Dawn's book list on capturing the essence of Syria and its people

Dawn Chatty Why did Dawn love this book?

This is a truly remarkable work. I was expecting a straightforward book of art but discovered a wonderful portrait of Syria in the 20th century. It is an original, creative, and deeply contextualized lens into the modern political history of Greater Syria. It successfully brings natural Syria, Bilad al Sham, into our frame of reference through the work of three main artists: Khalil Gibran, Adham Ismail, and Fateh al Moudarres. In its early chapters, it skillfully describes and analyses Syria’s interface with the late Ottoman period. The Interwar Mandate period is particularly well researched and articulated in drawing Syrian plastic arts into view, as France and other European diplomats, philosophers, and anthropologists’ influenced individual Syrian poets, and philosophers either during their sojourns in Europe or at home in Syria. Beautiful Agitation is an enchanting read, scholarly and lively, making sense for the first time of important Syrian artists’…

By Anneka Lenssen,

Why should I read it?

1 author picked Beautiful Agitation as one of their favorite books, and they share why you should read it.

What is this book about?

In modern Syria, a contested territory at the intersection of differing regimes of political representation, artists ventured to develop strikingly new kinds of painting to link their images to life forces and agitated energies. Examining the works of artists Kahlil Gibran, Adham Ismail, and Fateh al-Moudarres, Beautiful Agitation explores how painters in Syria activated the mutability of form to rethink relationships of figure to ground, outward appearance to inner presence, and self to world. Drawing on archival materials in Syria and beyond, Anneka Lenssen reveals new trajectories of painterly practice in a twentieth century defined by shifting media technologies, moving…


Book cover of Burning Country: Syrians in Revolution and War

Dawn Chatty Author Of Syria: The Making and Unmaking of a Refuge State

From my list on capturing the essence of Syria and its people.

Why am I passionate about this?

I'm a social anthropologist who has lived, dreamed, and worked in Syria most of her life. Having spent my childhood in Damascus I always yearned to return. After completing my PhD at the University of California, Los Angeles, in the economy of modern Bedouin Tribes, I won a Fulbright award to teach at the University of Damascus. Since then, Damascus has been at the centre of my academic and social life. I met my husband there, a British helicopter pilot, sent there to learn Arabic. I'm an emeritus professor of anthropology and forced migration at the University of Oxford and my research has been on the forced migrant communities who make up Syria’s cosmopolitan society.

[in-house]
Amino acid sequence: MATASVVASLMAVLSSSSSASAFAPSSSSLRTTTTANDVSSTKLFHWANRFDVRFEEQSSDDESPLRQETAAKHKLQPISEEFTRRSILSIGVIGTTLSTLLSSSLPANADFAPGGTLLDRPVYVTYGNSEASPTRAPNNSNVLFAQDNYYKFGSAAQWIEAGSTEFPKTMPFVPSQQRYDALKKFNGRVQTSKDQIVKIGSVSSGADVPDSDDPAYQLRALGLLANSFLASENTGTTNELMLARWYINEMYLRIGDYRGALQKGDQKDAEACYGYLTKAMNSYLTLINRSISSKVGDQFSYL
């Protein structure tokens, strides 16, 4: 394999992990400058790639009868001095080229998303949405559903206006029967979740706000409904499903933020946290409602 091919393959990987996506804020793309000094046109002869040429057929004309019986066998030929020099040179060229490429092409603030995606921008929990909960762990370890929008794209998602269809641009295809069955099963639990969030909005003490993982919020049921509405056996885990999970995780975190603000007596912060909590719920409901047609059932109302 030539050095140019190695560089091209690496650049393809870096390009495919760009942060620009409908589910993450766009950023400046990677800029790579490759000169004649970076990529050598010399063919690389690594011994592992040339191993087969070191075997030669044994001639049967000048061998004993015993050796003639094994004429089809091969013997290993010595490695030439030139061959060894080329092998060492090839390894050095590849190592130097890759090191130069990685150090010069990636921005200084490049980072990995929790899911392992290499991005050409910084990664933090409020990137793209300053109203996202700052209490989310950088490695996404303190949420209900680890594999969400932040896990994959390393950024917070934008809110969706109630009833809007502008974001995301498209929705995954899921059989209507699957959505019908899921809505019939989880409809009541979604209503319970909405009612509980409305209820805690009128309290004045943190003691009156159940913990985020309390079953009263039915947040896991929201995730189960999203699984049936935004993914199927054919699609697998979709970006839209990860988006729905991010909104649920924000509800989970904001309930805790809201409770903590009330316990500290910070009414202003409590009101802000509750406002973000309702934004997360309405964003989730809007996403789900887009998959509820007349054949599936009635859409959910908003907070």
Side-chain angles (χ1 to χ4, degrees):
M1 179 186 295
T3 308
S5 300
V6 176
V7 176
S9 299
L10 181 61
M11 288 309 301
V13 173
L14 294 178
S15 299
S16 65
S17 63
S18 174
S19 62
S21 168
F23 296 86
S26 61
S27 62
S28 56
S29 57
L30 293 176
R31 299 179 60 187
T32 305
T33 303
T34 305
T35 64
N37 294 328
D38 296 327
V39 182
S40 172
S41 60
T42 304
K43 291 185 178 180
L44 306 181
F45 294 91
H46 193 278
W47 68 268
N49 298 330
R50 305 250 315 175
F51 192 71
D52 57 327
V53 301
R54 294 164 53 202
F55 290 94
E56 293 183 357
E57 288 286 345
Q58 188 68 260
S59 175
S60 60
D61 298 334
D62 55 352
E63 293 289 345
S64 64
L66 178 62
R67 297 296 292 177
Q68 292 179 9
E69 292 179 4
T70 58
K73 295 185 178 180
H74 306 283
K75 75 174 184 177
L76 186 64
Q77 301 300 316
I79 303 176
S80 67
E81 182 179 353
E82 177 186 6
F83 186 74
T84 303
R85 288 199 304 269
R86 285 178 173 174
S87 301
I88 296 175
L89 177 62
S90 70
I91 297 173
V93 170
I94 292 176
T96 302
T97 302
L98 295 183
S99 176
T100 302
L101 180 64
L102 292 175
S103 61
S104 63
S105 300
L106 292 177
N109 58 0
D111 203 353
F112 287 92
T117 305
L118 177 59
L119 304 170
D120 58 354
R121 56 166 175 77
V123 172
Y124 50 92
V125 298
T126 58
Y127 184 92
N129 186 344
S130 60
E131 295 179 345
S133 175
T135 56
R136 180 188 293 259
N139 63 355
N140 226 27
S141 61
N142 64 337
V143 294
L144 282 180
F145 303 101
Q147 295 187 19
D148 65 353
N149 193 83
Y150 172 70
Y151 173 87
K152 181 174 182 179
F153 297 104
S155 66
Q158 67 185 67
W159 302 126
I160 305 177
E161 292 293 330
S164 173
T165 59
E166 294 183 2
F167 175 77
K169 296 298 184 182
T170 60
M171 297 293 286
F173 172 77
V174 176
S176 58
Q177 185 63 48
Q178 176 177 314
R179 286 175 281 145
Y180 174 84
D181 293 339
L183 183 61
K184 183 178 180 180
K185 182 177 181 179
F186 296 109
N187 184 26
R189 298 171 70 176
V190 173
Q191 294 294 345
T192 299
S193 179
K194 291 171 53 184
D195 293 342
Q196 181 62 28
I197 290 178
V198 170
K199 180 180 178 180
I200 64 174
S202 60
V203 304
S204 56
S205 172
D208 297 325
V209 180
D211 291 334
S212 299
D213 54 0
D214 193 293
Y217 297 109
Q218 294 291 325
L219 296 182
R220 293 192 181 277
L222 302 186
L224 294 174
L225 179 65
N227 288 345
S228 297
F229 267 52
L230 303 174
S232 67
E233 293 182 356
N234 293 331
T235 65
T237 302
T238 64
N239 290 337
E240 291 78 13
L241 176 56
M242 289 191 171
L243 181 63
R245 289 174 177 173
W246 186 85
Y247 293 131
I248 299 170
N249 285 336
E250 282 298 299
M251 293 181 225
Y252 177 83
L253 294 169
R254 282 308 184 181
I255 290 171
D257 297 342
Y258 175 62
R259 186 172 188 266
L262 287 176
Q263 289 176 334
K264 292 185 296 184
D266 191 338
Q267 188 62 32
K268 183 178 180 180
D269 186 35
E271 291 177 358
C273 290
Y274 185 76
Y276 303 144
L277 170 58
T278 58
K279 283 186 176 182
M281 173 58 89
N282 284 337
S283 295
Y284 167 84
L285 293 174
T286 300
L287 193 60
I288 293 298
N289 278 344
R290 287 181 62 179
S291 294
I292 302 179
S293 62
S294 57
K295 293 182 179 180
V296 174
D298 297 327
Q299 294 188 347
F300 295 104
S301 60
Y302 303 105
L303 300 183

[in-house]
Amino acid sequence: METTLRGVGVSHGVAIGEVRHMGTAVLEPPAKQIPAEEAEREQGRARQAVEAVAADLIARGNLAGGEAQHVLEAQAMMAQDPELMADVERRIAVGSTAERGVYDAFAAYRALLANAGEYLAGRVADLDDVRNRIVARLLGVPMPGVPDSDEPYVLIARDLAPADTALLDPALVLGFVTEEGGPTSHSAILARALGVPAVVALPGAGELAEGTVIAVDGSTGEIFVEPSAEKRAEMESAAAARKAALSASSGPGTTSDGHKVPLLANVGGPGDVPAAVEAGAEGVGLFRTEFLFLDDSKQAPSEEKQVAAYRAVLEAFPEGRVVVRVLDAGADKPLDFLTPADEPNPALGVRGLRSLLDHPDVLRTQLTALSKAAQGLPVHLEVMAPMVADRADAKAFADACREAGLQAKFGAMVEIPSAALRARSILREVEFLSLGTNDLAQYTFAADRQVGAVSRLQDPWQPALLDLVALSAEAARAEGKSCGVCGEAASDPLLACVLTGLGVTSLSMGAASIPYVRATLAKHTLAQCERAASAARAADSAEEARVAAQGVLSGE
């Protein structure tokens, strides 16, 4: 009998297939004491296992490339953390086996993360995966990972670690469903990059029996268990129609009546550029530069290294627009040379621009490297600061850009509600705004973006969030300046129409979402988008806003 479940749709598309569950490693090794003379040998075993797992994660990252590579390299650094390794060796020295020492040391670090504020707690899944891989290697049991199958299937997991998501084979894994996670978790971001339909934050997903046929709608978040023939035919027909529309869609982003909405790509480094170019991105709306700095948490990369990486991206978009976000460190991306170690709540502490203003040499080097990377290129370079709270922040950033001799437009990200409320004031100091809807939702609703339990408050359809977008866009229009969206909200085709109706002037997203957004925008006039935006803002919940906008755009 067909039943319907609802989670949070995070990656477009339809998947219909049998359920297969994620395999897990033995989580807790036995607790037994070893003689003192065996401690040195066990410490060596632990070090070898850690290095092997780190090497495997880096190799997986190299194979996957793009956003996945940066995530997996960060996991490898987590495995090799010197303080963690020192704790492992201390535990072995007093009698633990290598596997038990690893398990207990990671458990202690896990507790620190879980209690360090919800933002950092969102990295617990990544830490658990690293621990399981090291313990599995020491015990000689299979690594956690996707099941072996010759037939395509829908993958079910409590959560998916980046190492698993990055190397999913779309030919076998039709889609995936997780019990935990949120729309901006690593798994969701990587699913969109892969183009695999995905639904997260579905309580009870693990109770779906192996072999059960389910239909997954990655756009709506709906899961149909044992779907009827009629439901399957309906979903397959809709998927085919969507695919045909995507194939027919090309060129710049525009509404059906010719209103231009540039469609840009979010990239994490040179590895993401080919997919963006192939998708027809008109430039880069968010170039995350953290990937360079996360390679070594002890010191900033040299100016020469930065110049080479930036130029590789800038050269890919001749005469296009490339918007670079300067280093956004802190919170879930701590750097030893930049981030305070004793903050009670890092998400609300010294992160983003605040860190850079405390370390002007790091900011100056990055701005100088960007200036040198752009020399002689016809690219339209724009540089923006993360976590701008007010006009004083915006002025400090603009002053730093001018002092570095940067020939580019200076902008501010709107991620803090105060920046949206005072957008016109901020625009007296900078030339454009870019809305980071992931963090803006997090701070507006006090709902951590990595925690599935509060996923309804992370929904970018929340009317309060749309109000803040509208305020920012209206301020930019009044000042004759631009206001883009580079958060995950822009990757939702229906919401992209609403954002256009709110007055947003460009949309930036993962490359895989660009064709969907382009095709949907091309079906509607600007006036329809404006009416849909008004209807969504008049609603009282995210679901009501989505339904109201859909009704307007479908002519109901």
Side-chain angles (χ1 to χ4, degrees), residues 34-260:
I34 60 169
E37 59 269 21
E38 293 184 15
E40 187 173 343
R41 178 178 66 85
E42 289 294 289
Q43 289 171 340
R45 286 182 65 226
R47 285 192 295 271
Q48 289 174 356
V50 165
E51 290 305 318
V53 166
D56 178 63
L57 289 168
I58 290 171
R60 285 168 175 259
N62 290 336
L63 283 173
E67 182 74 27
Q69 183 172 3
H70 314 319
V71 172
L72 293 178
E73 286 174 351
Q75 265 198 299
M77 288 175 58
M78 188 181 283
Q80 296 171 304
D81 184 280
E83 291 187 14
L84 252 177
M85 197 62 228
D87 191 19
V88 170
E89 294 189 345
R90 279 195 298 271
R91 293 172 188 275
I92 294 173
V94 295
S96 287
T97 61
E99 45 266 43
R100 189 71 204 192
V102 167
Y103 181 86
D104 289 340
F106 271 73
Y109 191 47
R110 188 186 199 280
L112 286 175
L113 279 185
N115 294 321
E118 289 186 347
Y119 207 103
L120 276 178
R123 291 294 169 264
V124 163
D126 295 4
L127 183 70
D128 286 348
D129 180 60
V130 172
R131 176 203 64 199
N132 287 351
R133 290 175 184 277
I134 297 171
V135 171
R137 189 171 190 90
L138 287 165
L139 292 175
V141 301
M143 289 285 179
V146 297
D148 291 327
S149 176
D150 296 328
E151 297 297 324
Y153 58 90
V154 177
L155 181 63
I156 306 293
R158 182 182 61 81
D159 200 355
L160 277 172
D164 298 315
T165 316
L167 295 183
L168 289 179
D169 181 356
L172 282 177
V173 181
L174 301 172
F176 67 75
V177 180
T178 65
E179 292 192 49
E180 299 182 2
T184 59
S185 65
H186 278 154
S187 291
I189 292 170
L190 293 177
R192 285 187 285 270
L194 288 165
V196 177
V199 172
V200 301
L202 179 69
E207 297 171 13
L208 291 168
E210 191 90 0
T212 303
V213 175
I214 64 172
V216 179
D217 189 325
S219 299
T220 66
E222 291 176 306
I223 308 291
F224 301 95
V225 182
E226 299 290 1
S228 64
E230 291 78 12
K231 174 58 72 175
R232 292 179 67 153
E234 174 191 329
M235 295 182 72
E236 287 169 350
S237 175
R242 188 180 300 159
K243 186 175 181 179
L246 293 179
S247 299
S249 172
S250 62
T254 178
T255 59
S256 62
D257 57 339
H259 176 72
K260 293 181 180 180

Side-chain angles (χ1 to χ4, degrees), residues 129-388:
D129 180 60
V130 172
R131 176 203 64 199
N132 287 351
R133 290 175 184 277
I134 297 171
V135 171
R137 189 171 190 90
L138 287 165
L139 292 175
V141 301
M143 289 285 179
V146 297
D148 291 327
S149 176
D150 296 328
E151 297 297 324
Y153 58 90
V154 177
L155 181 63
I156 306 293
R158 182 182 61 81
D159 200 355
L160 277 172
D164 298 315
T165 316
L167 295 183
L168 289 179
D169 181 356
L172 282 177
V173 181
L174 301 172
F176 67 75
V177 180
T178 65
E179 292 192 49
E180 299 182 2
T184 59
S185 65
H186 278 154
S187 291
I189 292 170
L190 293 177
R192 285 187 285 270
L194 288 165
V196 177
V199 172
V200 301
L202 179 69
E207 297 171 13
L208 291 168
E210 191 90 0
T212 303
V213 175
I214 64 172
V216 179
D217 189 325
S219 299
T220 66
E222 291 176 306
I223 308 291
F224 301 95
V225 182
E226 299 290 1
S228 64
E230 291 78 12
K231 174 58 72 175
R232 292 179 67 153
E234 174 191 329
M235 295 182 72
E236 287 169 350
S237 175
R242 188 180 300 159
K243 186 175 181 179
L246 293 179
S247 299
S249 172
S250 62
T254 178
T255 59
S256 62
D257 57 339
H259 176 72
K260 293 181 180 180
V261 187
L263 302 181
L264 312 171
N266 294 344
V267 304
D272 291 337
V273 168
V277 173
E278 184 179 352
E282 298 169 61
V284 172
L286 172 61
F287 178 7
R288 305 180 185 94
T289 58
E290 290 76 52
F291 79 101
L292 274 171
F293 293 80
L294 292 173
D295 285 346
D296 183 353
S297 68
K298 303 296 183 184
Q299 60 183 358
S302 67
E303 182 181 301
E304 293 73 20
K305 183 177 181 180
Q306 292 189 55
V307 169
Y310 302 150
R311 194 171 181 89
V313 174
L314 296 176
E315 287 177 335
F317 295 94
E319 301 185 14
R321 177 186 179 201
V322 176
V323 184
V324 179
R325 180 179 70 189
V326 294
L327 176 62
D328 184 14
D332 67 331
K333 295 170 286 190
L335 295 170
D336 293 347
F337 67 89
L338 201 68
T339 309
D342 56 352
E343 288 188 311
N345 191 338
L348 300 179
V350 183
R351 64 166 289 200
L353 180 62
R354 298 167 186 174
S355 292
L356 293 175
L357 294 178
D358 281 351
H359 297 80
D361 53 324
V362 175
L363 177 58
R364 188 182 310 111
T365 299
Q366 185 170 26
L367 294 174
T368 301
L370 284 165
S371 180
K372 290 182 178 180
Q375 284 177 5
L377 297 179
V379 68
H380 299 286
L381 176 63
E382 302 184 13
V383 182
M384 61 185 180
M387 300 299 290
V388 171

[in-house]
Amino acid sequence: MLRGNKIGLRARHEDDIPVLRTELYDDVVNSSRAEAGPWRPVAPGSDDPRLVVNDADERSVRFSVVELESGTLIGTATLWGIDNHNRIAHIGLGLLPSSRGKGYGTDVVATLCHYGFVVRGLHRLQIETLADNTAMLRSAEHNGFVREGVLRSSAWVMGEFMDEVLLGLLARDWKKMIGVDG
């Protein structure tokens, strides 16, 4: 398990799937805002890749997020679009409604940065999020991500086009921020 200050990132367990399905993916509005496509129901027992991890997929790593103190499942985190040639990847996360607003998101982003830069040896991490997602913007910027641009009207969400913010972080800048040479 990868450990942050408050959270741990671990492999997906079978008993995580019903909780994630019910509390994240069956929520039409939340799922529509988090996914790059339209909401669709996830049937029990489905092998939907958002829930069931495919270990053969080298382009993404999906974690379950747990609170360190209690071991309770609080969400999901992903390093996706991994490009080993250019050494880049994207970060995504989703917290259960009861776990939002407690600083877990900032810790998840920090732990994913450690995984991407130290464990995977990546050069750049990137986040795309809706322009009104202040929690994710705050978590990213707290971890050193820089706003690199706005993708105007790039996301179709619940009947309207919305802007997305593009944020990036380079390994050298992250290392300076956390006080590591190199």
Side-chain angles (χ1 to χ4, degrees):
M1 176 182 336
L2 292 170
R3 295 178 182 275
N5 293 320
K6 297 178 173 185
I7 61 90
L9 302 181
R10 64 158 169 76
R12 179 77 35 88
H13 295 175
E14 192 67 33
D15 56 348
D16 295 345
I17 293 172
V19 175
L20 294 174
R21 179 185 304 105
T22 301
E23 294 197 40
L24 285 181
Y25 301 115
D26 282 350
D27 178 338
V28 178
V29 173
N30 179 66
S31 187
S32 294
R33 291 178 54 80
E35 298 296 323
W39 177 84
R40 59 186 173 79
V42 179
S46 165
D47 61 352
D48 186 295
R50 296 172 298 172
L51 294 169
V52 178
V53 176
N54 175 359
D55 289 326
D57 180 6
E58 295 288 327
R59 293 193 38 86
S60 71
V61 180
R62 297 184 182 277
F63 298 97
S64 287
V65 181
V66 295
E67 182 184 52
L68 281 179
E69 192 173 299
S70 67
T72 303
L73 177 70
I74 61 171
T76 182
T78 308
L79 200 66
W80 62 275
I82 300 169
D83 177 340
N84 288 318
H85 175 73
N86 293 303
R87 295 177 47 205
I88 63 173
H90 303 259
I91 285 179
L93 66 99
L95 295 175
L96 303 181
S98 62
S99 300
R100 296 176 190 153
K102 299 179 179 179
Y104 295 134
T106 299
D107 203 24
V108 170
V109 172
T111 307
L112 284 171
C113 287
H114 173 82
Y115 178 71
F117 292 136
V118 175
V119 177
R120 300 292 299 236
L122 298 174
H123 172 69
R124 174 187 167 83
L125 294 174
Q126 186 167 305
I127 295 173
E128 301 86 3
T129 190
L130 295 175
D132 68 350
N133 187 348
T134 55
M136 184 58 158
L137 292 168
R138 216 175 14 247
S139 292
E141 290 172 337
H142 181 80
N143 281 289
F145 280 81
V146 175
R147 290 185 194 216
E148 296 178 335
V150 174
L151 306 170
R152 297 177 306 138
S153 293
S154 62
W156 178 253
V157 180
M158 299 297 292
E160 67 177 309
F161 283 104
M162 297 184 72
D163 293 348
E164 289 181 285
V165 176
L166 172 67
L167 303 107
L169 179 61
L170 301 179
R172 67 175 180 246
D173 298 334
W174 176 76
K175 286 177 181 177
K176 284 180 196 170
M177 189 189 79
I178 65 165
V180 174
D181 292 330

Dawn's book list on capturing the essence of Syria and its people

Dawn Chatty Why did Dawn love this book?

I cannot ignore the turmoil that has become Syria over the past decade. Many books have appeared about the peaceful demonstrations that turned violent and a civil war and a proxy war for Iran, Russia, the US, and various Arab states. This book provides a detailed history of how Syria descended into such violence.  It gave me a detailed understanding of how the ‘Opposition’ to the Asad government emerged in the country. And engages with the stories of the Opposition fighters in their exile in adjacent countries. Concluding that the war is not yet over, it provides some hope for those of us who watch from a distance as Russia and Iran reposition and redeploy in response to other critical global events.  

By Robin Yassin-Kassab, Leila Al-Shami,

Why should I read it?

1 author picked Burning Country as one of their favorite books, and they share why you should read it.

What is this book about?

*Shortlisted for the Rathbones Folio Prize 2017*

In 2011, many Syrians took to the streets of Damascus to demand the overthrow of the government of Bashar al-Assad. Today, much of Syria has become a war zone where foreign journalists find it almost impossible to report on life in this devastated land.

Burning Country explores the horrific and complicated reality of life in present-day Syria with unprecedented detail and sophistication, drawing on new first hand testimonies from opposition fighters, exiles lost in an archipelago of refugee camps, and courageous human rights activists among many others. These stories are expertly interwoven with…


Book cover of The Miniaturist

Rebecca D'Harlingue Author Of The Map Colorist

From my list on 17th-century women.

Why am I passionate about this?

I find the seventeenth century fascinating, and both of my novels are set in that period. The century was a time of great flux, and I am especially interested in exploring the kinds of things that women might have done, even though their accomplishments weren’t recorded. There is a wonderful article by novelist Rachel Kadish called “Writing the Lives of Forgotten Women,” in which she refers to Hilary Mantel’s comments that people whose lives are not recorded fall through the sieve of history. Kadish says that, “Lives have run through the sieve, but we can catch them with our hands.” These novels all attempt to do that.

Rebecca's book list on 17th-century women

Rebecca D'Harlingue Why did Rebecca love this book?

I learned a lot about seventeenth-century Amsterdam when researching The Map Colorist, and I loved how Jessie Burton really brings the time and place to life.

There is the young Nella, caught in a marriage she doesn’t understand, and which will ultimately have dire consequences. There is also her sister-in-law, whom we come to really know only at the very end. Overlapping it all is the mysterious miniaturist, who presents Nella with new figures for the elaborate doll house that her husband gave her. The miniatures seem to predict the future!

By Jessie Burton,

Why should I read it?

2 authors picked The Miniaturist as one of their favorite books, and they share why you should read it.

What is this book about?

The phenomenal number one bestseller and a major BBC TV series.
Winner of the Specsavers National Book Award and Waterstones Book of the Year.
A Richard and Judy Book Club selection.